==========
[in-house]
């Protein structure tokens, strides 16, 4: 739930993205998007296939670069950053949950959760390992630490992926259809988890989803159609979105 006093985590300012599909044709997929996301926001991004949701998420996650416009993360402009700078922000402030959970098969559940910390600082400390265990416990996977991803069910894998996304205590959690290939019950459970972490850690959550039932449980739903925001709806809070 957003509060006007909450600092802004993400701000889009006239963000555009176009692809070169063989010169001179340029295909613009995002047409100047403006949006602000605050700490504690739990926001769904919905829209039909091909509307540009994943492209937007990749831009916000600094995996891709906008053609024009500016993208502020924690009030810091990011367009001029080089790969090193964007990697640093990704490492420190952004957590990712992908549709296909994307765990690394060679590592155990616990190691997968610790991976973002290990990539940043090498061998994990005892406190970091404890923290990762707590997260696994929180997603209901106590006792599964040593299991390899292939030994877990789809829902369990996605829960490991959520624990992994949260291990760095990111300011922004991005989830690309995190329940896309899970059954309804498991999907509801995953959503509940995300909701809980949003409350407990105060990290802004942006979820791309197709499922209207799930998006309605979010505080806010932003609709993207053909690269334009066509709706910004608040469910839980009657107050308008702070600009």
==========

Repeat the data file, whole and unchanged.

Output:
[in-house]
């Protein structure tokens, strides 16, 4: 739930993205998007296939670069950053949950959760390992630490992926259809988890989803159609979105 006093985590300012599909044709997929996301926001991004949701998420996650416009993360402009700078922000402030959970098969559940910390600082400390265990416990996977991803069910894998996304205590959690290939019950459970972490850690959550039932449980739903925001709806809070 957003509060006007909450600092802004993400701000889009006239963000555009176009692809070169063989010169001179340029295909613009995002047409100047403006949006602000605050700490504690739990926001769904919905829209039909091909509307540009994943492209937007990749831009916000600094995996891709906008053609024009500016993208502020924690009030810091990011367009001029080089790969090193964007990697640093990704490492420190952004957590990712992908549709296909994307765990690394060679590592155990616990190691997968610790991976973002290990990539940043090498061998994990005892406190970091404890923290990762707590997260696994929180997603209901106590006792599964040593299991390899292939030994877990789809829902369990996605829960490991959520624990992994949260291990760095990111300011922004991005989830690309995190329940896309899970059954309804498991999907509801995953959503509940995300909701809980949003409350407990105060990290802004942006979820791309197709499922209207799930998006309605979010505080806010932003609709993207053909690269334009066509709706910004608040469910839980009657107050308008702070600009």